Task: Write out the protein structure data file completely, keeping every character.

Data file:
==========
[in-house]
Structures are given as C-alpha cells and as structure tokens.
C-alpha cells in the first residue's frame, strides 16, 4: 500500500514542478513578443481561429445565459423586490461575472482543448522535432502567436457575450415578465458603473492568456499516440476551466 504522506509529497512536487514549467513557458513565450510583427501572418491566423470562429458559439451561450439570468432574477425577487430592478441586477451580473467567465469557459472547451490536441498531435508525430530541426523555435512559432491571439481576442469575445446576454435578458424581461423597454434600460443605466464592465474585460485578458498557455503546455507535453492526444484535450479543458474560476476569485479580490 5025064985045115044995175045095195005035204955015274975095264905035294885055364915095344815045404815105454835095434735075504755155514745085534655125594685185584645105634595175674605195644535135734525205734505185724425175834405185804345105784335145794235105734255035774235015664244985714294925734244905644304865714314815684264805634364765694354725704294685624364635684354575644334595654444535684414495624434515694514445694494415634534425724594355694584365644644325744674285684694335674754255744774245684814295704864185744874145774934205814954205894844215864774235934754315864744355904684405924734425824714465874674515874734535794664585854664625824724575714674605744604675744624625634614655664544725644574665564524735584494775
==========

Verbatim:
[in-house]
Structures are given as C-alpha cells and as structure tokens.
C-alpha cells in the first residue's frame, strides 16, 4: 500500500514542478513578443481561429445565459423586490461575472482543448522535432502567436457575450415578465458603473492568456499516440476551466 504522506509529497512536487514549467513557458513565450510583427501572418491566423470562429458559439451561450439570468432574477425577487430592478441586477451580473467567465469557459472547451490536441498531435508525430530541426523555435512559432491571439481576442469575445446576454435578458424581461423597454434600460443605466464592465474585460485578458498557455503546455507535453492526444484535450479543458474560476476569485479580490 5025064985045115044995175045095195005035204955015274975095264905035294885055364915095344815045404815105454835095434735075504755155514745085534655125594685185584645105634595175674605195644535135734525205734505185724425175834405185804345105784335145794235105734255035774235015664244985714294925734244905644304865714314815684264805634364765694354725704294685624364635684354575644334595654444535684414495624434515694514445694494415634534425724594355694584365644644325744674285684694335674754255744774245684814295704864185744874145774934205814954205894844215864774235934754315864744355904684405924734425824714465874674515874734535794664585854664625824724575714674605744604675744624625634614655664544725644574665564524735584494775